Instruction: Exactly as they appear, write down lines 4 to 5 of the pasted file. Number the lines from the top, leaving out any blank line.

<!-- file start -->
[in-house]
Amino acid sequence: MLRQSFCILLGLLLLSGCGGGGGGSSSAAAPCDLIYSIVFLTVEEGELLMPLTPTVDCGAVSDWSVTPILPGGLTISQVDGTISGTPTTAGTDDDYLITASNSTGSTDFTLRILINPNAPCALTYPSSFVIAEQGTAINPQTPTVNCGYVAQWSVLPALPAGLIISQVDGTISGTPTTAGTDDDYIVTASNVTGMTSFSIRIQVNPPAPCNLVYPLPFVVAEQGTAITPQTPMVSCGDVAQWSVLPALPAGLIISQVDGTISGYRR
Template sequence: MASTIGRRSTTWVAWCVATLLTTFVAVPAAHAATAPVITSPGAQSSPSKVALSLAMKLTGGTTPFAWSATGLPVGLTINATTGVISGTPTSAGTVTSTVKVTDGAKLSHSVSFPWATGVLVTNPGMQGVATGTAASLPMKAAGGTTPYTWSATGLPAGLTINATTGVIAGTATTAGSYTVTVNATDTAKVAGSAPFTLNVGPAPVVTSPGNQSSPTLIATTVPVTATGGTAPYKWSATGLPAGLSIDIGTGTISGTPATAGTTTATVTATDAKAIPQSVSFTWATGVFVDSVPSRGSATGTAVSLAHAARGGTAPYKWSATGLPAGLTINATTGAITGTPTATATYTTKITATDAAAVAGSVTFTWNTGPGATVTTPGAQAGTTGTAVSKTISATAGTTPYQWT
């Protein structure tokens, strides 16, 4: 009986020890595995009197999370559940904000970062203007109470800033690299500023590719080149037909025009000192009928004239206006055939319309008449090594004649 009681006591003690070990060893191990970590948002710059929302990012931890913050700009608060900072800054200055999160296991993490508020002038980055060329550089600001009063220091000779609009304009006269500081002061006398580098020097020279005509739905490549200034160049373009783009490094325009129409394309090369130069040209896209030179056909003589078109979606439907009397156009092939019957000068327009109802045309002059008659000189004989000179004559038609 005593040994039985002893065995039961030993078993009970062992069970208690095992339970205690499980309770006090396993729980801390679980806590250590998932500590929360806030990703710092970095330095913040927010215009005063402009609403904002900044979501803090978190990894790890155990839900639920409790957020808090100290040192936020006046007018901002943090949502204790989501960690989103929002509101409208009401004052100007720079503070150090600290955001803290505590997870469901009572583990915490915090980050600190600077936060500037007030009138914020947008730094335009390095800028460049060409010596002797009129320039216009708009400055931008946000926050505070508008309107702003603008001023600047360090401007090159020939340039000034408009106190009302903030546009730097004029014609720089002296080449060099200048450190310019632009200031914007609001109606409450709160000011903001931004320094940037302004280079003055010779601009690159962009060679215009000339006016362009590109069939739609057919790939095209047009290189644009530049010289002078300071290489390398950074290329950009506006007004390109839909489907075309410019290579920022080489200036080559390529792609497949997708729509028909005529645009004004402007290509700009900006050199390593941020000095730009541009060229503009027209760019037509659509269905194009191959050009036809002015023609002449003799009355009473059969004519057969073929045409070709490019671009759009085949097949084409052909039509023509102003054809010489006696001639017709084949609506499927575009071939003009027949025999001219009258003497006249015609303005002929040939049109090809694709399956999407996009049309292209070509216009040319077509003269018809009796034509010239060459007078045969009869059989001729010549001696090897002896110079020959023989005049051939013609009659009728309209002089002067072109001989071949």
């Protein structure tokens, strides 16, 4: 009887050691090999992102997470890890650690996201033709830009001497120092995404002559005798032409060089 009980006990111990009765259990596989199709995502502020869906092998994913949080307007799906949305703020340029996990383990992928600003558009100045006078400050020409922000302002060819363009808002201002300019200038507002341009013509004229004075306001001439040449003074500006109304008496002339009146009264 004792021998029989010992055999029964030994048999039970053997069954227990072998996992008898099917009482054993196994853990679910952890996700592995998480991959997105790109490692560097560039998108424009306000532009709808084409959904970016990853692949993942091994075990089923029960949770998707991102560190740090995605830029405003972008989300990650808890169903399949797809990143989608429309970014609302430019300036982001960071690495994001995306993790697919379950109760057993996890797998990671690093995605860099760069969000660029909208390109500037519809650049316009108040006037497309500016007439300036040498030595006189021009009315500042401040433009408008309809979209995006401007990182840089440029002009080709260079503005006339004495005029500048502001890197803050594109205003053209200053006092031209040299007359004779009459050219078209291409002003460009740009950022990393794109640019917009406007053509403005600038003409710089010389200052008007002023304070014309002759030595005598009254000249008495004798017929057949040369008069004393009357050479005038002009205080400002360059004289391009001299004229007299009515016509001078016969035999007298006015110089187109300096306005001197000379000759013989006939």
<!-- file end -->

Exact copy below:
């Protein structure tokens, strides 16, 4: 009986020890595995009197999370559940904000970062203007109470800033690299500023590719080149037909025009000192009928004239206006055939319309008449090594004649 009681006591003690070990060893191990970590948002710059929302990012931890913050700009608060900072800054200055999160296991993490508020002038980055060329550089600001009063220091000779609009304009006269500081002061006398580098020097020279005509739905490549200034160049373009783009490094325009129409394309090369130069040209896209030179056909003589078109979606439907009397156009092939019957000068327009109802045309002059008659000189004989000179004559038609 005593040994039985002893065995039961030993078993009970062992069970208690095992339970205690499980309770006090396993729980801390679980806590250590998932500590929360806030990703710092970095330095913040927010215009005063402009609403904002900044979501803090978190990894790890155990839900639920409790957020808090100290040192936020006046007018901002943090949502204790989501960690989103929002509101409208009401004052100007720079503070150090600290955001803290505590997870469901009572583990915490915090980050600190600077936060500037007030009138914020947008730094335009390095800028460049060409010596002797009129320039216009708009400055931008946000926050505070508008309107702003603008001023600047360090401007090159020939340039000034408009106190009302903030546009730097004029014609720089002296080449060099200048450190310019632009200031914007609001109606409450709160000011903001931004320094940037302004280079003055010779601009690159962009060679215009000339006016362009590109069939739609057919790939095209047009290189644009530049010289002078300071290489390398950074290329950009506006007004390109839909489907075309410019290579920022080489200036080559390529792609497949997708729509028909005529645009004004402007290509700009900006050199390593941020000095730009541009060229503009027209760019037509659509269905194009191959050009036809002015023609002449003799009355009473059969004519057969073929045409070709490019671009759009085949097949084409052909039509023509102003054809010489006696001639017709084949609506499927575009071939003009027949025999001219009258003497006249015609303005002929040939049109090809694709399956999407996009049309292209070509216009040319077509003269018809009796034509010239060459007078045969009869059989001729010549001696090897002896110079020959023989005049051939013609009659009728309209002089002067072109001989071949």
């Protein structure tokens, strides 16, 4: 009887050691090999992102997470890890650690996201033709830009001497120092995404002559005798032409060089 009980006990111990009765259990596989199709995502502020869906092998994913949080307007799906949305703020340029996990383990992928600003558009100045006078400050020409922000302002060819363009808002201002300019200038507002341009013509004229004075306001001439040449003074500006109304008496002339009146009264 004792021998029989010992055999029964030994048999039970053997069954227990072998996992008898099917009482054993196994853990679910952890996700592995998480991959997105790109490692560097560039998108424009306000532009709808084409959904970016990853692949993942091994075990089923029960949770998707991102560190740090995605830029405003972008989300990650808890169903399949797809990143989608429309970014609302430019300036982001960071690495994001995306993790697919379950109760057993996890797998990671690093995605860099760069969000660029909208390109500037519809650049316009108040006037497309500016007439300036040498030595006189021009009315500042401040433009408008309809979209995006401007990182840089440029002009080709260079503005006339004495005029500048502001890197803050594109205003053209200053006092031209040299007359004779009459050219078209291409002003460009740009950022990393794109640019917009406007053509403005600038003409710089010389200052008007002023304070014309002759030595005598009254000249008495004798017929057949040369008069004393009357050479005038002009205080400002360059004289391009001299004229007299009515016509001078016969035999007298006015110089187109300096306005001197000379000759013989006939």